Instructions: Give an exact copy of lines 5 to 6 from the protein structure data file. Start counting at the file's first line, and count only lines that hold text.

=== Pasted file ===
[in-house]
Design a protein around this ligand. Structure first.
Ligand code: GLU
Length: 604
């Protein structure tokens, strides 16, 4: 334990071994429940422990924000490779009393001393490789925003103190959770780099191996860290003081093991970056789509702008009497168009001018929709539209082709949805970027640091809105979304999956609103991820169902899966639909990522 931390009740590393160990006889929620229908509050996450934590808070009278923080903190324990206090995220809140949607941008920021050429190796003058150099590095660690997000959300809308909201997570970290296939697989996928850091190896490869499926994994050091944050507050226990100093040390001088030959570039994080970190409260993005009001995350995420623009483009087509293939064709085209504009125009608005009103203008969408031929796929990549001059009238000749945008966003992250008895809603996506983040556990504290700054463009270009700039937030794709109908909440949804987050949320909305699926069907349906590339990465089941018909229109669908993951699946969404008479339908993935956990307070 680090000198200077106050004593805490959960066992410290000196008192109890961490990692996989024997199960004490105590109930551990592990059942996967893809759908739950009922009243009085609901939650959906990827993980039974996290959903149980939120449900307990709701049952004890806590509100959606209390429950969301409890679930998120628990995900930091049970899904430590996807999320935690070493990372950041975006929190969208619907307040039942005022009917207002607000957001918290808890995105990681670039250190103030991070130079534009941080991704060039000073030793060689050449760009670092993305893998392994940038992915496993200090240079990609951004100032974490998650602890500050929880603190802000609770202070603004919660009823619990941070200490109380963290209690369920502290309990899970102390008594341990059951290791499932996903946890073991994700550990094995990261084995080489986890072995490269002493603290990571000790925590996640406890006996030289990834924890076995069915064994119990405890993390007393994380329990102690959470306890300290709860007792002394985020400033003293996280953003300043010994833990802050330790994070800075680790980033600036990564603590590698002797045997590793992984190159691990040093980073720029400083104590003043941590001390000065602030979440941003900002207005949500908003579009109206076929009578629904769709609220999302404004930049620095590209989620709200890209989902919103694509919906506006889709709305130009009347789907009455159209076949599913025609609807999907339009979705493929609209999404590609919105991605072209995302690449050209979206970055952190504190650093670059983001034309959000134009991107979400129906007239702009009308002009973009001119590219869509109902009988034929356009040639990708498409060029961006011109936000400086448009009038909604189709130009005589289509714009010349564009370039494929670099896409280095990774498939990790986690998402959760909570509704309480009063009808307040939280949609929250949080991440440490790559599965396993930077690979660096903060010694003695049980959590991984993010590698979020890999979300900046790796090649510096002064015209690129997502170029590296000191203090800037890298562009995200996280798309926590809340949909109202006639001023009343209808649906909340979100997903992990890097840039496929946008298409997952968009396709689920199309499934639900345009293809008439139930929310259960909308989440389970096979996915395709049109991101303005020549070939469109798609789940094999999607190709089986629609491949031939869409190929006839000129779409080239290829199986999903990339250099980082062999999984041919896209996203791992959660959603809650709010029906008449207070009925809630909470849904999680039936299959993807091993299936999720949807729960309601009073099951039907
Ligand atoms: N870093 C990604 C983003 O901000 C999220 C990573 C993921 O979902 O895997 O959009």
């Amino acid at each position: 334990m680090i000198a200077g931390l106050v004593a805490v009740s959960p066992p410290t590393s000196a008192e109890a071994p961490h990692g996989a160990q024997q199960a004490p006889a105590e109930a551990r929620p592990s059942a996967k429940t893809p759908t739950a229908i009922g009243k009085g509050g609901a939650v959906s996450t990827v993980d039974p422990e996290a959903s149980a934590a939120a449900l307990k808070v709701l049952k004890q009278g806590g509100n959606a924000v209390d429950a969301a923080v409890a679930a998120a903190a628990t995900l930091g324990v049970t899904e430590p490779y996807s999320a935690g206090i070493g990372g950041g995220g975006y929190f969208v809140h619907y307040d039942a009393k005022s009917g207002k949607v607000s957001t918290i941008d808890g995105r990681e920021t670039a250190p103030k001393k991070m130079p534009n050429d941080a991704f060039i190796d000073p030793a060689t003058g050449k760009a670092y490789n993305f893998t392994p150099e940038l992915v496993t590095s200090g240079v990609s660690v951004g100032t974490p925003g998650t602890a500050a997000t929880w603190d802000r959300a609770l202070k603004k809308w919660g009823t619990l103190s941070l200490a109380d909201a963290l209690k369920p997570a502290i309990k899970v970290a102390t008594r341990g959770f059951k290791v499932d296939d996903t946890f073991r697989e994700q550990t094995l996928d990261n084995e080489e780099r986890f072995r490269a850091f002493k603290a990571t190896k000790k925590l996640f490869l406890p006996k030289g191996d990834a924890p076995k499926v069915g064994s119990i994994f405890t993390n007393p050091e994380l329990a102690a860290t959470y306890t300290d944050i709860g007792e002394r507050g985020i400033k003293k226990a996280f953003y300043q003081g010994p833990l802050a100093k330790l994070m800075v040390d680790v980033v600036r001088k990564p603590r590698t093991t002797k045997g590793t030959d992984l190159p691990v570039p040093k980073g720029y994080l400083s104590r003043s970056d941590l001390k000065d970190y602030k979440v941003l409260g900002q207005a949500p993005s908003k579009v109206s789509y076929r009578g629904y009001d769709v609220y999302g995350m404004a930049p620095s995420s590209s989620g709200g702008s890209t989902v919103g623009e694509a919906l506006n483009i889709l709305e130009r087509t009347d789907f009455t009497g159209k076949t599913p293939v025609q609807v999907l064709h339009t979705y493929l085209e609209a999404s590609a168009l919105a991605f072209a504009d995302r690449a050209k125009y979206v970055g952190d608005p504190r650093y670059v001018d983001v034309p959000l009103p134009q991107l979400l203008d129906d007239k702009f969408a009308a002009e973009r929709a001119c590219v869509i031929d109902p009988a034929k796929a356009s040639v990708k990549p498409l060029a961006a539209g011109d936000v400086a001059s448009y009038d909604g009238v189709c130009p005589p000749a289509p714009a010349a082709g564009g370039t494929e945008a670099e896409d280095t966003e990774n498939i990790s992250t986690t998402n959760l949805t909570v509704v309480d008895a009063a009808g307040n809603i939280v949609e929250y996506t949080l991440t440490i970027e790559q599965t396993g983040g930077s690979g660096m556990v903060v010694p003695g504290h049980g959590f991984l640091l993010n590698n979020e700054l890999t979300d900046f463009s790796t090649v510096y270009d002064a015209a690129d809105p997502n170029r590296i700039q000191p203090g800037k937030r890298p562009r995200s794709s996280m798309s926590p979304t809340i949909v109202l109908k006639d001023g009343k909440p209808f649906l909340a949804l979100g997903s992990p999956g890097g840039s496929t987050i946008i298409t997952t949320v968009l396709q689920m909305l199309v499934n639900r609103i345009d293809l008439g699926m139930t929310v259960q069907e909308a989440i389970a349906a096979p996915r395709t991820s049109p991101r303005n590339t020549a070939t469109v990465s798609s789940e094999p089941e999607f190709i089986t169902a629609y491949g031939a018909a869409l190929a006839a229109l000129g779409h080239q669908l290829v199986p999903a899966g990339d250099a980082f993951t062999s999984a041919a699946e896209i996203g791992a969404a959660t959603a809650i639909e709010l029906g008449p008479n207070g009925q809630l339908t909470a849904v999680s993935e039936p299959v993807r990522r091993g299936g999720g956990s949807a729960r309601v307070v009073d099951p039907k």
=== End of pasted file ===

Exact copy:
């Protein structure tokens, strides 16, 4: 334990071994429940422990924000490779009393001393490789925003103190959770780099191996860290003081093991970056789509702008009497168009001018929709539209082709949805970027640091809105979304999956609103991820169902899966639909990522 931390009740590393160990006889929620229908509050996450934590808070009278923080903190324990206090995220809140949607941008920021050429190796003058150099590095660690997000959300809308909201997570970290296939697989996928850091190896490869499926994994050091944050507050226990100093040390001088030959570039994080970190409260993005009001995350995420623009483009087509293939064709085209504009125009608005009103203008969408031929796929990549001059009238000749945008966003992250008895809603996506983040556990504290700054463009270009700039937030794709109908909440949804987050949320909305699926069907349906590339990465089941018909229109669908993951699946969404008479339908993935956990307070 680090000198200077106050004593805490959960066992410290000196008192109890961490990692996989024997199960004490105590109930551990592990059942996967893809759908739950009922009243009085609901939650959906990827993980039974996290959903149980939120449900307990709701049952004890806590509100959606209390429950969301409890679930998120628990995900930091049970899904430590996807999320935690070493990372950041975006929190969208619907307040039942005022009917207002607000957001918290808890995105990681670039250190103030991070130079534009941080991704060039000073030793060689050449760009670092993305893998392994940038992915496993200090240079990609951004100032974490998650602890500050929880603190802000609770202070603004919660009823619990941070200490109380963290209690369920502290309990899970102390008594341990059951290791499932996903946890073991994700550990094995990261084995080489986890072995490269002493603290990571000790925590996640406890006996030289990834924890076995069915064994119990405890993390007393994380329990102690959470306890300290709860007792002394985020400033003293996280953003300043010994833990802050330790994070800075680790980033600036990564603590590698002797045997590793992984190159691990040093980073720029400083104590003043941590001390000065602030979440941003900002207005949500908003579009109206076929009578629904769709609220999302404004930049620095590209989620709200890209989902919103694509919906506006889709709305130009009347789907009455159209076949599913025609609807999907339009979705493929609209999404590609919105991605072209995302690449050209979206970055952190504190650093670059983001034309959000134009991107979400129906007239702009009308002009973009001119590219869509109902009988034929356009040639990708498409060029961006011109936000400086448009009038909604189709130009005589289509714009010349564009370039494929670099896409280095990774498939990790986690998402959760909570509704309480009063009808307040939280949609929250949080991440440490790559599965396993930077690979660096903060010694003695049980959590991984993010590698979020890999979300900046790796090649510096002064015209690129997502170029590296000191203090800037890298562009995200996280798309926590809340949909109202006639001023009343209808649906909340979100997903992990890097840039496929946008298409997952968009396709689920199309499934639900345009293809008439139930929310259960909308989440389970096979996915395709049109991101303005020549070939469109798609789940094999999607190709089986629609491949031939869409190929006839000129779409080239290829199986999903990339250099980082062999999984041919896209996203791992959660959603809650709010029906008449207070009925809630909470849904999680039936299959993807091993299936999720949807729960309601009073099951039907
Ligand atoms: N870093 C990604 C983003 O901000 C999220 C990573 C993921 O979902 O895997 O959009």